In the boat’s salon over breakfast, Plotkin and Badilla set about renewing what both pretended was a long and fond friendship with Travis and their association with FrijoLoco.

“How’s Alma?”

“How’s Tony and Rafi?”

“Please give them my regards.”

Travis was not about to undertake the difficult task of pretending he knew them, and simply stated that his long absence from the company was the result of having lost his memory, and that even now it had not returned.

“Jesus,” Plotkin said, as if he’d confessed to having cancer.

“You’re kidding, right?” Badilla said.

Travis said he wasn’t kidding. “It’s okay. Look, it just means we need to get reacquainted.”

“Sure, no problem, man.”

“Yeah, no big deal.”

Balding, overweight and looking older than a forty-something should, with a face as round as a clock dial and bulging eyes that gave him an expression of being continually surprised, Plotkin claimed to be happily married and was the father of two children. He had come from money and had used some of it to make more of it—enough to buy the languishing Farkis Pork Products of Duluth, Minnesota, and turn it into a money machine. “I saw the future of pork,” he explained off-handedly.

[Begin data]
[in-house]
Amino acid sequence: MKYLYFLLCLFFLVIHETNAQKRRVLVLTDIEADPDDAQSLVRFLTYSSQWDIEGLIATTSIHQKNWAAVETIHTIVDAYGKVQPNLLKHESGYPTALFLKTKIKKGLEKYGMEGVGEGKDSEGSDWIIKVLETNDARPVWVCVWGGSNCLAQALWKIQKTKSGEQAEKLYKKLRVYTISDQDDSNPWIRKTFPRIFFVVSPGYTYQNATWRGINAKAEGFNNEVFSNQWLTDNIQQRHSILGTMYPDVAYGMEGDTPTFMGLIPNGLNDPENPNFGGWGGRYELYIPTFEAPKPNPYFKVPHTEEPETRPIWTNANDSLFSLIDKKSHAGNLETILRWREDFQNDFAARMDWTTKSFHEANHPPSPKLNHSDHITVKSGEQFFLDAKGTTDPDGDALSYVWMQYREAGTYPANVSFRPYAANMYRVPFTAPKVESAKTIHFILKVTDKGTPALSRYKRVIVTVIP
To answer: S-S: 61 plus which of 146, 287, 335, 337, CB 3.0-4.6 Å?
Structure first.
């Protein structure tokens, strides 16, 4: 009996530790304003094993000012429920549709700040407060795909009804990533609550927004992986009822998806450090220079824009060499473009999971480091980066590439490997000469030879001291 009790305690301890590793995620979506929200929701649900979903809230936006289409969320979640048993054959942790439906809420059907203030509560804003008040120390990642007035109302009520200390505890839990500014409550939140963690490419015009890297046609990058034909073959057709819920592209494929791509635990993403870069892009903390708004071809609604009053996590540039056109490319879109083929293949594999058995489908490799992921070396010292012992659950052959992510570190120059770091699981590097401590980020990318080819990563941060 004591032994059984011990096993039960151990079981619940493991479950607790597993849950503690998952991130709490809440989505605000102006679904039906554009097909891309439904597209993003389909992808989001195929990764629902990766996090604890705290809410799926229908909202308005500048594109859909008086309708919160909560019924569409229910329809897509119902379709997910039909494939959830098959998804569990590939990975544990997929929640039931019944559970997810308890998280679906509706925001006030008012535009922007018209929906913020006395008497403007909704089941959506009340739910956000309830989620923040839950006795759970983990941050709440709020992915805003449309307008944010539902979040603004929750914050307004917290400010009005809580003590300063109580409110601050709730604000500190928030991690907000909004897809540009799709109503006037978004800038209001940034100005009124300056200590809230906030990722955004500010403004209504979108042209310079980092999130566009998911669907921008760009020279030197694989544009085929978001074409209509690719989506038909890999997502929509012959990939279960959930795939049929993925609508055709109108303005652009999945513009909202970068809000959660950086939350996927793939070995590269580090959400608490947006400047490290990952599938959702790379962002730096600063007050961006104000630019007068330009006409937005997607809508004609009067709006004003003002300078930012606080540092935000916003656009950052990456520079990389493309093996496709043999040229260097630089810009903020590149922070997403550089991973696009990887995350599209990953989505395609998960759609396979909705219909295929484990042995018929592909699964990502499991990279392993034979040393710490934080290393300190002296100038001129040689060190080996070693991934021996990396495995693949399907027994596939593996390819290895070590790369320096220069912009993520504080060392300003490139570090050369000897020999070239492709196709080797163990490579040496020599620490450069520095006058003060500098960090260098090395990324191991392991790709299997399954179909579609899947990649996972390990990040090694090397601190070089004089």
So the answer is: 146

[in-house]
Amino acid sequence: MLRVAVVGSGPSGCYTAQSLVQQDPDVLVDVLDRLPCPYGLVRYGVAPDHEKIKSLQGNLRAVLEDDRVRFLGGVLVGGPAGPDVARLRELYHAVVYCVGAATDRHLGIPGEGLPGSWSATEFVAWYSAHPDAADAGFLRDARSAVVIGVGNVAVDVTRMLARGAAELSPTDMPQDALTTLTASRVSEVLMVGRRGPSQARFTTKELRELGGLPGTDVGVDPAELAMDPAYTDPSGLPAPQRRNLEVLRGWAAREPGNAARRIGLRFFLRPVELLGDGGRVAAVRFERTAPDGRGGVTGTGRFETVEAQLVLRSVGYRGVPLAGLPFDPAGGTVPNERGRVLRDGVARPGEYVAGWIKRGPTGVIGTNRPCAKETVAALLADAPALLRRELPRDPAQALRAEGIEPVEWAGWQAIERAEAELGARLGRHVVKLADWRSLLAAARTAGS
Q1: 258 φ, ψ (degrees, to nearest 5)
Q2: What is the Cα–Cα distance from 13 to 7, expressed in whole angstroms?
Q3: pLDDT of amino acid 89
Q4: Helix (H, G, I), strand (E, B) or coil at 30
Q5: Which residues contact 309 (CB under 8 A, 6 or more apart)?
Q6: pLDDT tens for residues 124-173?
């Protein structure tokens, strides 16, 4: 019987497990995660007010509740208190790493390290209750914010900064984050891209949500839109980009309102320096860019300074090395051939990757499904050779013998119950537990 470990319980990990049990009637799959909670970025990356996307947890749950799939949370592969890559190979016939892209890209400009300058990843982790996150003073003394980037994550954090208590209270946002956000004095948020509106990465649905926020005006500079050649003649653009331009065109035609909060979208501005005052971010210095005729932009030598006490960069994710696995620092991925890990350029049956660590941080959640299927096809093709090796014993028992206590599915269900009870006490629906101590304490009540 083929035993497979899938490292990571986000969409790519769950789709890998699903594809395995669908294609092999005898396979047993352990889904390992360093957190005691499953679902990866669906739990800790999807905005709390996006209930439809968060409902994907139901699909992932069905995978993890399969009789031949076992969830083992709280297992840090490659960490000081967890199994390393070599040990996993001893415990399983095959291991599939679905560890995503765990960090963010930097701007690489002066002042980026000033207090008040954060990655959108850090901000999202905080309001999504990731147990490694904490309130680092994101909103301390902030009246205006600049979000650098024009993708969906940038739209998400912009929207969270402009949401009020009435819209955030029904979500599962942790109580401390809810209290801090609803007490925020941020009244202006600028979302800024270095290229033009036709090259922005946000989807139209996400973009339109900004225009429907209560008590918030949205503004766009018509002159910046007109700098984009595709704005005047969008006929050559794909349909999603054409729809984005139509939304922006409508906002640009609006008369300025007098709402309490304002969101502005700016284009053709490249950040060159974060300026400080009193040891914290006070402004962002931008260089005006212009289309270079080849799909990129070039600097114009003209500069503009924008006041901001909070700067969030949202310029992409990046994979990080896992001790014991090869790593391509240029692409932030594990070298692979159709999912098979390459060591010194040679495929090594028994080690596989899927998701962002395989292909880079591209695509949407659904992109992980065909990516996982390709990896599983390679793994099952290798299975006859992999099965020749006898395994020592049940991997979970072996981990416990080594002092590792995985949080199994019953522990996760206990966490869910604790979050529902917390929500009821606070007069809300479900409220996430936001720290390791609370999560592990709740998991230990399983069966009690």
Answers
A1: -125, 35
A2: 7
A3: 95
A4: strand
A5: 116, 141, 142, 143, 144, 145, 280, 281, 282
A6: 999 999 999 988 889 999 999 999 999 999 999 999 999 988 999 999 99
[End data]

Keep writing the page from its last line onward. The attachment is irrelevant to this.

Badilla was a kind of opposite to him, a Laurel, Travis thought, to Plotkin’s Hardy. The son of Cuban immigrants, he was thin, dark and angular, with a sharp chin and a headful of thick, black hair that seemed incapable of being tamed by either brush or comb. Youthful looking, though he must have been about the same age as Plotkin, he wore the “happily married” badge as well, and had four children, all disappointingly daughters. He confessed that he had been determined to continue producing children until his wife Carmen gave him a son. A fiery-tempered former weather forecaster from WSVN-TV in Miami, Carmen had to put a hand­gun to his head to convince him she had other ideas. Badilla operated six franchises and said he had a plan to open more. His stores were consistently among the most profitable in the chain. He was proud of his formula of success. “Know your market,” he said, holding up a manicured index finger. “When all your cus­tomers want is something cheap, hot and greasy, there’s no point in going for five stars.”